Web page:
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The Purpose Of The I-9 Form

Author: Andrew Williams

The government recognizes that the opportunity for employment is one of the most important magnets attracting illegal immigrants to the United States, as one federal report states. To help prevent the influx of illegal immigrants, employers in the United States are only allowed to employ workers who can prove their identity and their eligibility to work in the country. This determination is made by having newly hired employees complete Form I-9, Employment Eligibility Verification, which requires them to provide certain documents showing who they are and that they are legally allowed to work here. (See Step-By-Step: How to Fill Out An I-9 Form.)

A little history

The Immigration Reform and Control Act was enacted in 1986 to legalize about three million illegal aliens while at the same time attempting to deter future illegal immigration. As a result, Form I-9 was created to require newly hired workers to show eligibility to work in the U.S. Originally, 29 forms were acceptable to establish a worker's identity and eligibility to work in the U.S.; under a 1998 interim rule, this number was reduced to 14.

Sanctions on employers

Employers who fail to comply with I-9 completion and retention rules can be penalized severely. Knowingly hiring and continuing to employ unauthorized workers can trigger fines ranging from $375 to $16,000 per employee, depending on the nature of the violation (e.g., failing to complete the form, participating in document fraud) and whether the violation is a first or subsequent offense. Substantive violations, such as failing to produce a form for inspection by the Immigration and Customs Enforcement (ICE) range from $110 to $1,100. In February 2015, a temporary staffing firm was hit with a $227,000 fine for claiming that it had verified the eligibility to work in the United States of the 242 employees it hired. Despite signing Form I-9 under penalty of perjury that the information was correct, the firm had not looked at the actual documents (only photocopies).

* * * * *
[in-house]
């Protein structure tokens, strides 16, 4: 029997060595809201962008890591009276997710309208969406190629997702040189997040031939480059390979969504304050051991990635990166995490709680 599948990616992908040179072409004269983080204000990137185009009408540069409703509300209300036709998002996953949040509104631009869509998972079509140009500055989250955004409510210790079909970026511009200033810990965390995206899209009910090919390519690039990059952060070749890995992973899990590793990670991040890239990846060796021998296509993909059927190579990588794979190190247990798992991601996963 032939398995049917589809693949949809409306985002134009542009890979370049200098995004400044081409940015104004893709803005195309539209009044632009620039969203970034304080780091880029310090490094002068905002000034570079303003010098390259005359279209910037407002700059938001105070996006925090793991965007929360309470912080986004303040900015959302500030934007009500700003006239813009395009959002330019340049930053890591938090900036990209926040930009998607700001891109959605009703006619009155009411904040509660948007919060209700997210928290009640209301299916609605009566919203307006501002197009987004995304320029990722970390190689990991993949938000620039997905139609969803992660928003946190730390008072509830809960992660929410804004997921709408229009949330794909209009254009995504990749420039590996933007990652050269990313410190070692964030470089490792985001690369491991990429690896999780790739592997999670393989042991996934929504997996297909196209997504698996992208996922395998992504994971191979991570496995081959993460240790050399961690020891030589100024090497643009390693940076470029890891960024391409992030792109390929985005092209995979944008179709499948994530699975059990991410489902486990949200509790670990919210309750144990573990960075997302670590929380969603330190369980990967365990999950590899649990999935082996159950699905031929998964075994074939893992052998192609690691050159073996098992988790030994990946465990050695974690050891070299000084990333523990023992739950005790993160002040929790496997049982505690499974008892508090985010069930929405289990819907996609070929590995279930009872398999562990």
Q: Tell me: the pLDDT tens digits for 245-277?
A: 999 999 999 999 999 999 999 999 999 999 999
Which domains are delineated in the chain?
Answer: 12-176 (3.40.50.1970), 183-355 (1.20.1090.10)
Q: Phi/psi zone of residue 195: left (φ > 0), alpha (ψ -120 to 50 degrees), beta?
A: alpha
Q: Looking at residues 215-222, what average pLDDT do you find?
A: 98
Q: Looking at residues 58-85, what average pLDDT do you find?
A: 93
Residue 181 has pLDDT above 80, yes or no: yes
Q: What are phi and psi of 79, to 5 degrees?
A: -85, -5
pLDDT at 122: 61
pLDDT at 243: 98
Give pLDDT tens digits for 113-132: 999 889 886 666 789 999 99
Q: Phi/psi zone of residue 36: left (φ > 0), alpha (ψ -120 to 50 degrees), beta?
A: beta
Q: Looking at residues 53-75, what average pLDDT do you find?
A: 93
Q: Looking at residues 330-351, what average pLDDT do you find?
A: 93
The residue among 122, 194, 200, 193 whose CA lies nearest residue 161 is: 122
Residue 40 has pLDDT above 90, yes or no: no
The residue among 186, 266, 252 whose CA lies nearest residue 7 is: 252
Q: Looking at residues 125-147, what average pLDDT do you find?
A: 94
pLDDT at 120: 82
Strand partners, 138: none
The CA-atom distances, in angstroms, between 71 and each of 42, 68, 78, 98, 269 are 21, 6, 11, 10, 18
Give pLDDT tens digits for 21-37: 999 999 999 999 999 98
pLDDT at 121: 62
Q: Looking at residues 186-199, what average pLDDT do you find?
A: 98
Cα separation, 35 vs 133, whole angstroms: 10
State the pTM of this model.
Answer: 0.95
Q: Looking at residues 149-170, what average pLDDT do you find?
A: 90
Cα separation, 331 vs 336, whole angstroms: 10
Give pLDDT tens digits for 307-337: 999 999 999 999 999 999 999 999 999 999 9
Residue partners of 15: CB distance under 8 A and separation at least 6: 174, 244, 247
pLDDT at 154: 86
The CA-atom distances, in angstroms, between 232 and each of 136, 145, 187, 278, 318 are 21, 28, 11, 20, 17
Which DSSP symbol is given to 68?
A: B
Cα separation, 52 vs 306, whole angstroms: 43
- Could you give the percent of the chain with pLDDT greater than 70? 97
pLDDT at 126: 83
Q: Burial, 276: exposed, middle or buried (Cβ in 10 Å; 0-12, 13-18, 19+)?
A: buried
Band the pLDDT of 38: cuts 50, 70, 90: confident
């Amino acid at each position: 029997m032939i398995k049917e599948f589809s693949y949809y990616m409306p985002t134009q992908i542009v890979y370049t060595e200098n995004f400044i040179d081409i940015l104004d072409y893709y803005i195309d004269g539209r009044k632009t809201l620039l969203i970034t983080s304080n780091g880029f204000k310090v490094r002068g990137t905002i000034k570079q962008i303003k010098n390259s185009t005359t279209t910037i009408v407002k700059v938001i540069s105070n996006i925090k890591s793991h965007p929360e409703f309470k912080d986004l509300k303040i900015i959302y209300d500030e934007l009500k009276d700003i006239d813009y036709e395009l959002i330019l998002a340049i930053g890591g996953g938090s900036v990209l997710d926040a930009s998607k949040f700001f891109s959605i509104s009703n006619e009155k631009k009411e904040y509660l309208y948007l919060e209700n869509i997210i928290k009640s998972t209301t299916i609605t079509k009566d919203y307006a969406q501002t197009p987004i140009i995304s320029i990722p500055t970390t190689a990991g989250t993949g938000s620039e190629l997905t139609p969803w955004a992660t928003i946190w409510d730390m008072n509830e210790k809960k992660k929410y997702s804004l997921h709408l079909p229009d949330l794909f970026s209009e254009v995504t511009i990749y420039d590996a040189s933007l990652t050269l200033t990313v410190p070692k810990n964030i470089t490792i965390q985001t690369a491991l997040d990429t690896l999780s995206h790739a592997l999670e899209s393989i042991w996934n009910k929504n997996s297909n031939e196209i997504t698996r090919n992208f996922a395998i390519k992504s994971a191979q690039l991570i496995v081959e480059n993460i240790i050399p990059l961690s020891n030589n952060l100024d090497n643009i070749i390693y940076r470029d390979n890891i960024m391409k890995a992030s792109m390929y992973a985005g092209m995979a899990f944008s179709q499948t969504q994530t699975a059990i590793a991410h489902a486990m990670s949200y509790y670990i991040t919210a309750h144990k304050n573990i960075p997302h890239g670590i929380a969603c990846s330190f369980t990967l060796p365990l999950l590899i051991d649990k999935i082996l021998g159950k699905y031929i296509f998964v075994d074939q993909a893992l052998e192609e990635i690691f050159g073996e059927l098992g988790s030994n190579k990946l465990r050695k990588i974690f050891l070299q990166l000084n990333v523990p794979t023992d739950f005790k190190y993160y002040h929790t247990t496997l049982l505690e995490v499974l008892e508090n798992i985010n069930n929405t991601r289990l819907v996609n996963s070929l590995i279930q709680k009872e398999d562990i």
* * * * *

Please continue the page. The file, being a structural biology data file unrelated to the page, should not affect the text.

However, technical violations of I-9 requirements won't be penalized immediately (employers will be notified of the violations and given 10 business days to correct the errors). Technical violations include:

  • Failure of the employee to date the form at the time employment begins
  • Failure to provide the date that employment begins
  • Failure to date the employer section of the form within three business days of the date that employment begins
  • Failure to provide the date of rehiring an employee in the section of the form used for rehiring
  • Failure to indicate that an employee is under the age of 18

An employer who can demonstrate good faith compliance has a rebuttable defense to any penalty that the government attempts to impose. Once this is done, it is up to the government to then show that the employer did not act in good faith.

Form I-9 misconceptions

When you're hiring, firing or recruiting someone, you cannot consider national origin and citizenship or immigration status; using this information in employment decisions is discriminatory. This means that an employer cannot use the I-9 form as a prerequisite to making an offer of employment because merely suspecting that someone may be ineligible and refraining from a job offer as a result can be discriminatory. The form is only completed once a person has been offered a job.

Form I-9 has not been replaced by E-Verify, an online method of quickly determining eligibility to work in the United States. Completing the Form I-9 for each newly hired employee is still mandatory, even if an employer voluntarily opts to use E-Verify.

The Bottom Line

Being an employer entails many responsibilities to the government. Properly completing, retaining and producing Form I-9 upon request is one of these obligations. (You may also be interested in reading Filling Out 1099 Forms and Filling Out The W-9 Form.)

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